View Full Version : 13 Unsolved scientific puzzles

03-01-09, 07:26 PM
Author Michael Books has investigated some of the most puzzling anomalies of modern science, those intractrable problems that refuse to conform to the theories. Here he counts down the 13 strangest.

We can only account for 4 per cent of the cosmos
If you’re wondering what the LHC might do for you, how’s this: it might just find a whole quarter of the universe. The collider is hoping to create some particles of what physicists call “dark matter”, an enigma that is thought to make up roughly 25 per cent of the universe. Then there is the “dark energy”, a mysterious force that seems to be ripping space and time apart. In total, a whopping 96 per cent of the universe has gone AWOL. Unless, that is, we’ve got our maths all wrong. Watch this space.

2. THE PIONEER ANOMALY (http://www.planetary.org/programs/projects/pioneer_anomaly/%3E)
<!--#include file="m63-article-related-attachements.html"--><!-- BEGIN: Module - M63 - Article Related Attachements --><SCRIPT type=text/javascript><!--function pictureGalleryPopup(pubUrl,articleId) {var newWin = window.open(pubUrl+'template/2.0-0/element/pictureGalleryPopup.jsp?id='+articleId+'&&offset=0&&sectionName=Books','mywindow','menubar=0,resizable =0,width=1000,height=711');}//--></SCRIPT><!-- BEGIN: Comment Teaser Module --><!-- END: Comment Teaser Module --><!-- BEGIN: Module - M63 - Article Related Package --><!-- END: Module - M63 - Article Related Package -->Two spacecraft are flouting the laws of physics

In the 1970s NASA launched two space probes that have caused no end of headaches. About 10 years into the missions of Pioneer 10 and 11, the mission head admitted that they had drifted off course. In every year of travel, the probes veer 8000 miles further away from their intended trajectory. It is not much when you consider that they cover 219 million miles a year; the drift is around 10 billion times weaker than the Earth’s pull on your feet. Nonetheless, it is there, and decades of analysis have failed to find a straightforward reason for it. Times Archive: Pioneer 11 arrival at Saturn, 1974 (http://www.timesonline.co.uk/tol/viewArticle.arc?articleId=ARCHIVE-The_Times-1974-04-11-10-001&pageId=ARCHIVE-The_Times-1974-04-11-10)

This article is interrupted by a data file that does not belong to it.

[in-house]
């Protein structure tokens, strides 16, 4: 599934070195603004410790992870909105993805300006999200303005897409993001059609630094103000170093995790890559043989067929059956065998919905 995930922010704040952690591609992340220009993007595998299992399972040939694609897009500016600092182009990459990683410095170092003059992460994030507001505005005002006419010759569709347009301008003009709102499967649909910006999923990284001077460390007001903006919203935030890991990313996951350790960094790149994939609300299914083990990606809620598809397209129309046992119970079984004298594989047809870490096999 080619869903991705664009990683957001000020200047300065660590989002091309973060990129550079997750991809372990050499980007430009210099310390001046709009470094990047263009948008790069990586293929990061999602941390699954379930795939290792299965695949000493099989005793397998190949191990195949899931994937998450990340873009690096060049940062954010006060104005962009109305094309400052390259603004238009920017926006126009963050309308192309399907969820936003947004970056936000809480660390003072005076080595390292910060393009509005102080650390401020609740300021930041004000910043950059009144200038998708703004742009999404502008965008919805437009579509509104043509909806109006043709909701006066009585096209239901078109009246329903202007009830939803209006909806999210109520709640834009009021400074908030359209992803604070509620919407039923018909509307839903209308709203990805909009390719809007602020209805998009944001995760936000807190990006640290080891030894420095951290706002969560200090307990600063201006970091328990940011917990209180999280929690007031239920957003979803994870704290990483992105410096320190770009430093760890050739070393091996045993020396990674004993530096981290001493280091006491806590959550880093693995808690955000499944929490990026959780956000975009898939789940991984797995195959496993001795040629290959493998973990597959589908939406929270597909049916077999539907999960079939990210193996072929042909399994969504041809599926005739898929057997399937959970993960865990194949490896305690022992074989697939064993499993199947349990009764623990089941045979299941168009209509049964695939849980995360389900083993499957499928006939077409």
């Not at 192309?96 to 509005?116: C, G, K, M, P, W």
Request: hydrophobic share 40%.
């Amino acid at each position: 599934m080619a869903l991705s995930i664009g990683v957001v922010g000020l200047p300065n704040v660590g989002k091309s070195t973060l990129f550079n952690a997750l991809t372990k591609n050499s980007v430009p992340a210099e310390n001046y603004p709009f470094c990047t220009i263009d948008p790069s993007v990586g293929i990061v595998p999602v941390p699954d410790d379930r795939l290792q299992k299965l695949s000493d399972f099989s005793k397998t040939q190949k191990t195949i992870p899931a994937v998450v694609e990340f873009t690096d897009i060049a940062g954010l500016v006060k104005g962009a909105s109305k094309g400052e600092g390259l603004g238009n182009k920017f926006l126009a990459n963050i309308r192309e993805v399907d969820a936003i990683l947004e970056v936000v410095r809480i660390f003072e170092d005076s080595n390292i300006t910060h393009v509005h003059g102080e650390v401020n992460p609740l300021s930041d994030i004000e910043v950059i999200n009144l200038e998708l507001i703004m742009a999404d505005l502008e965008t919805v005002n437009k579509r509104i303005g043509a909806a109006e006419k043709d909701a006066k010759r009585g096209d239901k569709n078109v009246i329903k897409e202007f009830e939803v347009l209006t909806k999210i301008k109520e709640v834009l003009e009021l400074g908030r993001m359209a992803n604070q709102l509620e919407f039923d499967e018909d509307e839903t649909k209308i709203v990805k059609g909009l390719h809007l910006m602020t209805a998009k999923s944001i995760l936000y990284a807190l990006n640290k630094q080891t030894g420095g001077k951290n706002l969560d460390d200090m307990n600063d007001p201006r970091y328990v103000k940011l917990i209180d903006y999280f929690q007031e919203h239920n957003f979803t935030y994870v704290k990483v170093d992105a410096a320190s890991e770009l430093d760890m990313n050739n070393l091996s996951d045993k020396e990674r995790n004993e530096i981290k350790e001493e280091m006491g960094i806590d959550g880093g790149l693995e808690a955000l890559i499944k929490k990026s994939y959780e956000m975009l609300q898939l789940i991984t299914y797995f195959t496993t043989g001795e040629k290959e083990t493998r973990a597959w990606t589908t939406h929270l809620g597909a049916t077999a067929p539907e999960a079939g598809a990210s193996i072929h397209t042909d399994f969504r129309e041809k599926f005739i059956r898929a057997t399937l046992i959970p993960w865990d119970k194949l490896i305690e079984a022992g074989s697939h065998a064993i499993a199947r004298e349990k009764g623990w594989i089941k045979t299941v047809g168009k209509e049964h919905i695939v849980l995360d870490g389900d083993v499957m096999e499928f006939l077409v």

3. VARYING CONSTANTS (http://astronomy.swin.edu.au/~mmurphy/res.html#basics)
Destabilising our view of the universe
A decade ago, we discovered that the fundamental constants of physics might not be so constant after all. These are the numbers that describe just how strong the forces of nature are, and make the laws of physics work when we use them to describe the processes of nature. Light that has travelled across the universe from distant stars tells us those laws might have been different in the past. Though the physical laws and constants have helped us define and tame the natural world, they might be an illusion.

4. COLD FUSION (http://www.rsc.org/chemistryworld/Issues/2007/April/ColdFusionOnMenu.asp)
Nuclear energy without the drama
In 1989, the world was rocked by claims that you could release nuclear energy without a catastrophic explosion. Various failures to replicate or explain these results soon ended the careers of the scientists involved. But, despite what you might have heard, “cold fusion” never really went away. Over a 10-year period from 1989, US navy labs ran more than 200 experiments to investigate whether nuclear reactions generating more energy than they consume - supposedly only possible inside stars - can occur at room temperature. Numerous researchers have since pronounced themselves believers. With controllable cold fusion, many of the world's energy problems would melt away: no wonder the US Department of Energy is interested again.



03-01-09, 07:39 PM
#2. I never heard of.

That's pretty interesting, thanks!